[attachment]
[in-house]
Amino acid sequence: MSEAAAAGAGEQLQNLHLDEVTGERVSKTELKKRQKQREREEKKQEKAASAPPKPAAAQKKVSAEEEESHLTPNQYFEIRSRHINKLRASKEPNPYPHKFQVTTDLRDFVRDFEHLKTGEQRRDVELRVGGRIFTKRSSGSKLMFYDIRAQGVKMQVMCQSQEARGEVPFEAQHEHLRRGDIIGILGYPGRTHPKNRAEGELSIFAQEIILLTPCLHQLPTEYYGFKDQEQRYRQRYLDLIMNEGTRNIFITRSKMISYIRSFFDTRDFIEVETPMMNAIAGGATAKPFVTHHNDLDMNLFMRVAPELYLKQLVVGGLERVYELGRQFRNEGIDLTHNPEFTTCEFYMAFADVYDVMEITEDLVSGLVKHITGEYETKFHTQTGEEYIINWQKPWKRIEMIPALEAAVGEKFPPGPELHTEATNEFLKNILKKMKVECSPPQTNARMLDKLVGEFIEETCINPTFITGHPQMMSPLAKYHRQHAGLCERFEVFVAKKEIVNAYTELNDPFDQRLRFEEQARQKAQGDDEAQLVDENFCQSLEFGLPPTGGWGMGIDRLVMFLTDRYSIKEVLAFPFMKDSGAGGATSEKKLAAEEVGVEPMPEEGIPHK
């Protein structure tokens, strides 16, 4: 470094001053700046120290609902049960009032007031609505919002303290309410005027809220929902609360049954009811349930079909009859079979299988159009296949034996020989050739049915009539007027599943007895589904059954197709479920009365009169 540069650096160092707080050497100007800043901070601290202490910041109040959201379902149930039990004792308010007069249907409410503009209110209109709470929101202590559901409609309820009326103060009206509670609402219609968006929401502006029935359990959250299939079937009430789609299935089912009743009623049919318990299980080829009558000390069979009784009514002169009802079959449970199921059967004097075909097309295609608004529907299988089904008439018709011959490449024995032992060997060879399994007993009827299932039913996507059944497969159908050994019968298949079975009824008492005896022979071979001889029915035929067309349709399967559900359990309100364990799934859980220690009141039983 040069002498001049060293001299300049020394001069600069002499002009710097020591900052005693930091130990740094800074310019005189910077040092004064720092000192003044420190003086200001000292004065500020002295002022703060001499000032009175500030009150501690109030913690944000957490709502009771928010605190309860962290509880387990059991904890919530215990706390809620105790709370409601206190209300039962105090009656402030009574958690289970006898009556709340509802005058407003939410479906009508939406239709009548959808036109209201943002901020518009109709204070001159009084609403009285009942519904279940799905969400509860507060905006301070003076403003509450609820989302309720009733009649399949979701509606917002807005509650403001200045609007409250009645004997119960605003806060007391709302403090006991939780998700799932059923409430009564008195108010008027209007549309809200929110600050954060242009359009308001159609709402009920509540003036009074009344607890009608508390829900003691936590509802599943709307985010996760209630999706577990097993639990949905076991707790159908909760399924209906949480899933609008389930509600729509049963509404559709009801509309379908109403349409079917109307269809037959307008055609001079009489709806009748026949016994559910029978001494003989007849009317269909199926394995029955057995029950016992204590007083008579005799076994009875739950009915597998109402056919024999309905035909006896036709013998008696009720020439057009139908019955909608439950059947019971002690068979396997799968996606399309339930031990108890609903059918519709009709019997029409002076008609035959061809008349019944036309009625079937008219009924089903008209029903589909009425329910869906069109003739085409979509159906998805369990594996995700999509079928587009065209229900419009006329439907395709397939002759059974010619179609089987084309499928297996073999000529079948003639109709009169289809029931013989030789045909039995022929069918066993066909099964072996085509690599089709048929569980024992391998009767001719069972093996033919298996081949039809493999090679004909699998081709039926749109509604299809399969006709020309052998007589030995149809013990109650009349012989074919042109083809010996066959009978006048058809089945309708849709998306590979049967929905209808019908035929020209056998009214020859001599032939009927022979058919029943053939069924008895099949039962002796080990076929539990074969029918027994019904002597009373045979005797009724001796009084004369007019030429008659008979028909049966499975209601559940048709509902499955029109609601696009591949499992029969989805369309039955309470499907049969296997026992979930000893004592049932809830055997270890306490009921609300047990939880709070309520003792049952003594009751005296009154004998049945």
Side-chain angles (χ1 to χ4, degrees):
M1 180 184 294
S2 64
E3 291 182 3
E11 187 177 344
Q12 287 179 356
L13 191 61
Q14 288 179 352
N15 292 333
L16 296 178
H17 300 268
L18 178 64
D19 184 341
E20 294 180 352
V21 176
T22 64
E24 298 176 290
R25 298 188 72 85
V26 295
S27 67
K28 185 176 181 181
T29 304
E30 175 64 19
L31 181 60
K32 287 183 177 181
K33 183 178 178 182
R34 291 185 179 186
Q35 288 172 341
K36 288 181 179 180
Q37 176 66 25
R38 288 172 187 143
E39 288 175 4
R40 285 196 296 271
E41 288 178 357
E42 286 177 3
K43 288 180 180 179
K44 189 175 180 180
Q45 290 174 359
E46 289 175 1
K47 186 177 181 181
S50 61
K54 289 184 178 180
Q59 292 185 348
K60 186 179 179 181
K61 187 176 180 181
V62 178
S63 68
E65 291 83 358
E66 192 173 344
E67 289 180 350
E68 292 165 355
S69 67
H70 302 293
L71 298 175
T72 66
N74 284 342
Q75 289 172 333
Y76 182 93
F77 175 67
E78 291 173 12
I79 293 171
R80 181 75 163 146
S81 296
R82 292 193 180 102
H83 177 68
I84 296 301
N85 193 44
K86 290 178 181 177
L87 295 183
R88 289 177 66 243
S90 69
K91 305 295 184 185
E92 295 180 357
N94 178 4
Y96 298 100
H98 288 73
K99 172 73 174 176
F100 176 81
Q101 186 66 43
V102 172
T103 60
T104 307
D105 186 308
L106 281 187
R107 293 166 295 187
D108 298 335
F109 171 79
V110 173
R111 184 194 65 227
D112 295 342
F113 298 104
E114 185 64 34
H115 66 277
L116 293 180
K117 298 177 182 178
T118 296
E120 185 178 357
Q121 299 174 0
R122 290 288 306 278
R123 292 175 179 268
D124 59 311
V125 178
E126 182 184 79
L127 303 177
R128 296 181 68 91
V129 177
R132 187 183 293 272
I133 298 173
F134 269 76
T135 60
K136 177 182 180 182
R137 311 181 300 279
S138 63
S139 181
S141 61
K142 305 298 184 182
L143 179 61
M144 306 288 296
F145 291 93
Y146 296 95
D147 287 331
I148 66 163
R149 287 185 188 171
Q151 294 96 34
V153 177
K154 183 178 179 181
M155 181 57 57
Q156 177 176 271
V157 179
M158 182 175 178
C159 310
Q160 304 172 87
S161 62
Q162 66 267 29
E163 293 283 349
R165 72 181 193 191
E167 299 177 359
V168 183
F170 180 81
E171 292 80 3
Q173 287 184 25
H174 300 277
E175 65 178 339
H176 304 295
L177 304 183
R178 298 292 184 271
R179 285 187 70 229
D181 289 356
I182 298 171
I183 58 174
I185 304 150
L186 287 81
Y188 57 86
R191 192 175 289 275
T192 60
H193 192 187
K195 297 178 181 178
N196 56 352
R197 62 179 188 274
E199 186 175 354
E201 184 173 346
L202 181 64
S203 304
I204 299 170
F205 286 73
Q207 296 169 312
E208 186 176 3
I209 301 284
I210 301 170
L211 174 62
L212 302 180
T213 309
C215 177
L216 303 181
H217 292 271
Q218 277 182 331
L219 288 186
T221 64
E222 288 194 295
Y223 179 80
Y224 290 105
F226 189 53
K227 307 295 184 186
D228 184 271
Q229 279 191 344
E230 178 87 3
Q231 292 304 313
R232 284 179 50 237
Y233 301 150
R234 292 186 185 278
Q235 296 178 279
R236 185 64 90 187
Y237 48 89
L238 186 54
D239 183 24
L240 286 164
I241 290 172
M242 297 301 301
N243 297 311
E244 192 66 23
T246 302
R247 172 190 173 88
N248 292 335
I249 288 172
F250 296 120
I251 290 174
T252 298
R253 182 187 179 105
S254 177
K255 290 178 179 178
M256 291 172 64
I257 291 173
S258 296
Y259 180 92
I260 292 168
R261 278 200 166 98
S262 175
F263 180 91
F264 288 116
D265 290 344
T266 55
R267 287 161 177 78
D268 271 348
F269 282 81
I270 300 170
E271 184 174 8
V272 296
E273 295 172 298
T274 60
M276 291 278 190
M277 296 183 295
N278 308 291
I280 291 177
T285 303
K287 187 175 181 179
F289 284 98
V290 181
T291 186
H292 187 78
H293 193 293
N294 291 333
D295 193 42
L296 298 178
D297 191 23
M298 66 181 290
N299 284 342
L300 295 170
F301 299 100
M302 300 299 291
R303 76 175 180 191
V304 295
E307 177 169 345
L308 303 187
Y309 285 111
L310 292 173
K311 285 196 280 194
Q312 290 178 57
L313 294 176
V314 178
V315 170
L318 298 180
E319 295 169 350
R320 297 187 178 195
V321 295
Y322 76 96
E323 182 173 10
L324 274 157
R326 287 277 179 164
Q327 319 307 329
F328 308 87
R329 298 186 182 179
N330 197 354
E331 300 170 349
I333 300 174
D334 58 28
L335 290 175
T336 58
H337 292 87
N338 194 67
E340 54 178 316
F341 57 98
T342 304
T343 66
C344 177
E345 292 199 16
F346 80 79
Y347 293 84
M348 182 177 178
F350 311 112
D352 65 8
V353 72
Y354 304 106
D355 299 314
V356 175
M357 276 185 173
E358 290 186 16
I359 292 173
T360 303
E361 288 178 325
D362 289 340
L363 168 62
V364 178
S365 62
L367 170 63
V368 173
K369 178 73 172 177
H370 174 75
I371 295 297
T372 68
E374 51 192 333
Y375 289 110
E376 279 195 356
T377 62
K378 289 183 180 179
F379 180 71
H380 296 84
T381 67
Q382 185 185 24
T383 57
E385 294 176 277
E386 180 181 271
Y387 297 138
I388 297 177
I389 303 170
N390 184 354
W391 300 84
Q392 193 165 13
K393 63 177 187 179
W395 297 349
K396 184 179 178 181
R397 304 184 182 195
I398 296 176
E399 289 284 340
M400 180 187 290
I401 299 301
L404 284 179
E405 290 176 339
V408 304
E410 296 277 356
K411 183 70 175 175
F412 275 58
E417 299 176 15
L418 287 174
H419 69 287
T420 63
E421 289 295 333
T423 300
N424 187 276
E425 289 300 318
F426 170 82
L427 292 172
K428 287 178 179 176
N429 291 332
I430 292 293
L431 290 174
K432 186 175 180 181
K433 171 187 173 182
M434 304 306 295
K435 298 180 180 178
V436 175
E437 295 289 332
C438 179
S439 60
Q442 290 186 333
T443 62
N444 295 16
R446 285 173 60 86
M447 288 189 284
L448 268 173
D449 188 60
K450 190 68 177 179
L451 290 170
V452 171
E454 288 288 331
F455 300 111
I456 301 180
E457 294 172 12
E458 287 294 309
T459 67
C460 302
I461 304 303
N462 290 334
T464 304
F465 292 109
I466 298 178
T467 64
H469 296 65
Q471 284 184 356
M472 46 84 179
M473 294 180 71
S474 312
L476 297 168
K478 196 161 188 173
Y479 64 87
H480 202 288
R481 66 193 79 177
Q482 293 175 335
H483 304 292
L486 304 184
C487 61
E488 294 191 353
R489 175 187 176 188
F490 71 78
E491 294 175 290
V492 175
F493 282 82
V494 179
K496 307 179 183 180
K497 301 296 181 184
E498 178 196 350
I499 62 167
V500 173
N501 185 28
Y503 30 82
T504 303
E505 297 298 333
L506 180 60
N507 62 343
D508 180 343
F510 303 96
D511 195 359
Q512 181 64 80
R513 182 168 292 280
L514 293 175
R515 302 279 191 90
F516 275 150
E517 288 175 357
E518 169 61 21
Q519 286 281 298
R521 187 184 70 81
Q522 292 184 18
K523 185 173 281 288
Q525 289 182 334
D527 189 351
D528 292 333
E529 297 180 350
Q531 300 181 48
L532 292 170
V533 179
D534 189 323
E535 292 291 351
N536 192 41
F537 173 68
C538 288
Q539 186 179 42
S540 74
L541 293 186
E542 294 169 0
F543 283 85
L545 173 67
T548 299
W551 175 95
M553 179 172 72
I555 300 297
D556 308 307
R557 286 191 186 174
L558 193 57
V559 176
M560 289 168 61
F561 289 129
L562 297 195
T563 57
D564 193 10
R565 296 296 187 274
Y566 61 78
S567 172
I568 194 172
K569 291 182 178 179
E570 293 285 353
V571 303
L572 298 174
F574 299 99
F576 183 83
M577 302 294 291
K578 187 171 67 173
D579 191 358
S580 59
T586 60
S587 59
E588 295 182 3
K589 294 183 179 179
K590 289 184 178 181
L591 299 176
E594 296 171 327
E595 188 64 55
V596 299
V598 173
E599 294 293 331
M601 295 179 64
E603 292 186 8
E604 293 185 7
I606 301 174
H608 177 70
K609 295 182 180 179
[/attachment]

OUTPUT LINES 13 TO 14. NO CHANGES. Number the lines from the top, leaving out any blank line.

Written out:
L16 296 178
H17 300 268